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Armageddon by Nicholas Roerich, created 1935–6 and available under Creative Commons license

Part Three: Into the Flame

In the end our paths did not cross for several years. Was that unusual? Slightly, perhaps. But then, if you’re part of an intergalactic sisterhood, people have a tendency to fall between the cracks. I had best friends in the Guild I did not see for five years at a time.

In addition, few bridgebuilders were posted permanently to Cassonne. The rest, were scattered across the worlds of this galaxy — and two more beside — and though their skills had opened the universe to us, there was a price to pay. So much so, that casual travel between worlds was not a thing encouraged, ever.

You see: skipping back and forth through portals does not take time. You may step into a portal on Valois or Belvis and step out of a portal on Cassonne and the time spent in p-space, as our scientists call the bit in-between, will be a fraction of a second. Or possibly none at all: they are still arguing about that!

It is not the time that is an issue, but the energy spent. Someone “out there” needs to communicate with someone back home and then the builders do whatever builders do: projecting their wormholes through space, obliterating time and distance and, in the process, wiping themselves out for hours, days at a time. Because bridging is exhausting work.

I’d not say the bridge-building caste is obsessed with that aspect of their work: just that every time I have attended a gathering that included two or more of that chapter, conversation sooner or later turned to tips for creating personal reserves of energy. Dieusa! Goddess, but they are obsessed with healthy living!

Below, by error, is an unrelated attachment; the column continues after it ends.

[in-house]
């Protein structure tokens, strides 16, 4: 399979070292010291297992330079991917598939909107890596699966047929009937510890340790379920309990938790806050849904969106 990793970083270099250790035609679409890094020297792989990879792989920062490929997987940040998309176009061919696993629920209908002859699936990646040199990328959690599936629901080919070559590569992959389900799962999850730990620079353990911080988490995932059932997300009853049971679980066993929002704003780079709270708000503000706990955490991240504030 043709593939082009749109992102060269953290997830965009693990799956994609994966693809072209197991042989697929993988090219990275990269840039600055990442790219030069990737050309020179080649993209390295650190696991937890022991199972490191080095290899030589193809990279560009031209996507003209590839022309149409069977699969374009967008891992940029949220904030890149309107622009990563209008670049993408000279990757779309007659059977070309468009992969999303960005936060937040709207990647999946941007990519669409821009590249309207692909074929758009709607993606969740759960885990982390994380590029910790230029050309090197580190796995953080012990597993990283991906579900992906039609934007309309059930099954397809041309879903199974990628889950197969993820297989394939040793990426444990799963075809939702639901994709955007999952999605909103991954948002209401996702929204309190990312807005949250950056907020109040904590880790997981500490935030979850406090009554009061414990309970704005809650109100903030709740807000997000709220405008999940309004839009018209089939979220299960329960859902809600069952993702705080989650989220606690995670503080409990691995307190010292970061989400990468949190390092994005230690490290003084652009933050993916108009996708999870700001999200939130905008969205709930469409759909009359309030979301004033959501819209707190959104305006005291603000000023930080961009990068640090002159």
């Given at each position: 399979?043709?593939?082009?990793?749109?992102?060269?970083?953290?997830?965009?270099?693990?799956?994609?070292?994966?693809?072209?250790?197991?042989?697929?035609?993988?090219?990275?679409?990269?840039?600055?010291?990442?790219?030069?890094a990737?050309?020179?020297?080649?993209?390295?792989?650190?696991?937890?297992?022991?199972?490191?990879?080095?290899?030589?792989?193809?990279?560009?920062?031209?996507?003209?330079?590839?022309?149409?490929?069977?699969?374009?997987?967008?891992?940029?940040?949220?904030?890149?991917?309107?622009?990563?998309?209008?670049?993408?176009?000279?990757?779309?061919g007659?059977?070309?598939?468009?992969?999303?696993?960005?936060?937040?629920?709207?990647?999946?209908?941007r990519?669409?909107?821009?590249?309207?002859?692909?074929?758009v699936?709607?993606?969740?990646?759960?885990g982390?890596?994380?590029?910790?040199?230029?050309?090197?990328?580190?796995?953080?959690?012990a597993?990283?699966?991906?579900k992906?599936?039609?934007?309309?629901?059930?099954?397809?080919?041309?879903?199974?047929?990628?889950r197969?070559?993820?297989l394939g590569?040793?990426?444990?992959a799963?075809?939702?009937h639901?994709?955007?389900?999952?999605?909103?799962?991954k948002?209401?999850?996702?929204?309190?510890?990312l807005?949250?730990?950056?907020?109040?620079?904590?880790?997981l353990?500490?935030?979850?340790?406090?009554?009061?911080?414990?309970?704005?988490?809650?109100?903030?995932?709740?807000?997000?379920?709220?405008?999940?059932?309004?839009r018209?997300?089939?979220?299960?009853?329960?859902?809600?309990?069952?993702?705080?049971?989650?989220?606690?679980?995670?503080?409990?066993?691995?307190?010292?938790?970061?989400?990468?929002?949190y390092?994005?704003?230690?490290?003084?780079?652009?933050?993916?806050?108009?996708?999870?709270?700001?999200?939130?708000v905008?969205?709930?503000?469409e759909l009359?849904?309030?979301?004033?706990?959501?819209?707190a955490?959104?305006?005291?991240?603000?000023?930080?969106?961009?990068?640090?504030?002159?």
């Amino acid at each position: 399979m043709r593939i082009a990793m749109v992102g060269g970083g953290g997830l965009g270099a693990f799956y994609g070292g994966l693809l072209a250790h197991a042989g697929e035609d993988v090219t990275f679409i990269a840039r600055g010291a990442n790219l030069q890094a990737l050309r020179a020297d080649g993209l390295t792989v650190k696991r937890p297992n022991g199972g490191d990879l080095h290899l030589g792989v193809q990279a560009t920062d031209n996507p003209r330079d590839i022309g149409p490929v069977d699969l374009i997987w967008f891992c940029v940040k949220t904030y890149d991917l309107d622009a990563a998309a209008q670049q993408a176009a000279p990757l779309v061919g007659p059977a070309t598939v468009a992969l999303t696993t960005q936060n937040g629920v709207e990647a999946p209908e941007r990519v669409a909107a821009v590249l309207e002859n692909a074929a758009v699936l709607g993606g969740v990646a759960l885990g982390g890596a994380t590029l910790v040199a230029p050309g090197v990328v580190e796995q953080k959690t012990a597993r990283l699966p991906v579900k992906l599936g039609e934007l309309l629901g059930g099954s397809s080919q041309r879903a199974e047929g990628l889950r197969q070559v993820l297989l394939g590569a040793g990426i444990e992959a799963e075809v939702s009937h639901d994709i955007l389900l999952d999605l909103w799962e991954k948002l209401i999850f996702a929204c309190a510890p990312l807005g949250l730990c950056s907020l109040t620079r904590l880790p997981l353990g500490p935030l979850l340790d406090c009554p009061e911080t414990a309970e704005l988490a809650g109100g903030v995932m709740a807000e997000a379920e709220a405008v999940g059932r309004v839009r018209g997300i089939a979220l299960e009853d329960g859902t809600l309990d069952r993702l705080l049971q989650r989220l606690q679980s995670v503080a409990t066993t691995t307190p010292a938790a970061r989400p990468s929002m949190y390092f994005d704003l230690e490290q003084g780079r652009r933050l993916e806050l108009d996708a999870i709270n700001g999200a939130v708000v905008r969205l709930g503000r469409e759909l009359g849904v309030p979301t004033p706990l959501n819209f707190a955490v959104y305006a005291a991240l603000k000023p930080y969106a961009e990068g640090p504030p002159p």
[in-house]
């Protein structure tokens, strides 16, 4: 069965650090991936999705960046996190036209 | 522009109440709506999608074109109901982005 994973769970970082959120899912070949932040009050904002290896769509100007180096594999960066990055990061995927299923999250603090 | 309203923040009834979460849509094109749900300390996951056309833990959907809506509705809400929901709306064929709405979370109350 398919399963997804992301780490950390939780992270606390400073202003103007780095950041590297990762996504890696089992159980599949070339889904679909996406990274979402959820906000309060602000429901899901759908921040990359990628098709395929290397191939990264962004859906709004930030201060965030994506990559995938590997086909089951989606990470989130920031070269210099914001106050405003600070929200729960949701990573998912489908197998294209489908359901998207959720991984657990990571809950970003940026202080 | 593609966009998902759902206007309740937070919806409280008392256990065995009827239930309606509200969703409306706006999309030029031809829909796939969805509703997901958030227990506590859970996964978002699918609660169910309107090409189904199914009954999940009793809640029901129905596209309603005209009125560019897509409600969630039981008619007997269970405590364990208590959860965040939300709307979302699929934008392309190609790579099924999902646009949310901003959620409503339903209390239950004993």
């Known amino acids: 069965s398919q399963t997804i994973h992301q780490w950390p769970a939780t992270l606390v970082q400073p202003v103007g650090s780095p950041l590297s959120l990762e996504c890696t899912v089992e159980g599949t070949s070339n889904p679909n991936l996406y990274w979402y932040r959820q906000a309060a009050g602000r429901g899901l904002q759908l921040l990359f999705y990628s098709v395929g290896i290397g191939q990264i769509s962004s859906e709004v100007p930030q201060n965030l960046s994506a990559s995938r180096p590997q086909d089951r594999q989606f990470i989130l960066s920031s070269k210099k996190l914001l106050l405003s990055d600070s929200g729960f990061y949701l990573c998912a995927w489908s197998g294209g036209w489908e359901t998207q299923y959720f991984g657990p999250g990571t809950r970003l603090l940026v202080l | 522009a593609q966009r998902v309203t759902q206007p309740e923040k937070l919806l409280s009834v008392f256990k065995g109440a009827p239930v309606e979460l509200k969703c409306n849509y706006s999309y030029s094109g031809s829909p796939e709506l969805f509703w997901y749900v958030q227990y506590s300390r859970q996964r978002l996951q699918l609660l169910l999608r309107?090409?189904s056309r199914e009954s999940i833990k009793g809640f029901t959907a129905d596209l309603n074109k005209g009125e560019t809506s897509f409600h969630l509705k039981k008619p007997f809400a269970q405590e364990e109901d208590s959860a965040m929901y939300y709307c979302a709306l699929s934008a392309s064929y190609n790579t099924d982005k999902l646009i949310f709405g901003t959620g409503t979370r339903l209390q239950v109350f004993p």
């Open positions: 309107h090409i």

As for defenders such as myself: when we are not on our home world imparting our delicate, destructive skills to others, we are out in the wilds dealing with whoever, whatever pops up to threaten our way of life and that of Cassonne’s many client worlds.

What? You thought we just cut off worlds that proved problematic? Ostracised them until they saw sense? If only it were that easy! But wherever sentient life develops, something else emerges. I call it the confounding factor: because no matter how you think this or that species is going to cause you trouble — and they usually do — you can never tell until it happens.

And most of the time, ostracism is just too blunt a tool: a little more surgical precision is needed. I have lost count of the occasions when someone has imagined that kidnapping our local builders would give them some advantage. Either in their dealings with Cassonne itself, or in their attempts to overthrow their own rulers.

For the most part we could not care less. About the rulers, that is. No matter how corrupt, venal fickle we considered the regime to be we let them get on with it. Our absolute rule, at all times, remained: we do not intervene. Because however good the motives for a first intervention, where does it end? Before we knew it we’d have created the Cassonne Empire which, as I have already remarked, we do not want. Ever.

Though that led to frequent argument between defenders. We saw the worst of the worlds with which we dealt, so yes: we had views. Still, we understood why we were not allowed to do anything about them.

To every client, was granted our ultimate guarantee. No matter how vile or evil you may be, it is none of our business. Occasionally — very occasionally — as we encountered worlds more outlandish, more extreme in their immorality, we might just decline to add them to our web.

But these were few indeed. More numerous by far were the worlds with whom we continued to trade, no matter how much their rulers made my flesh creep.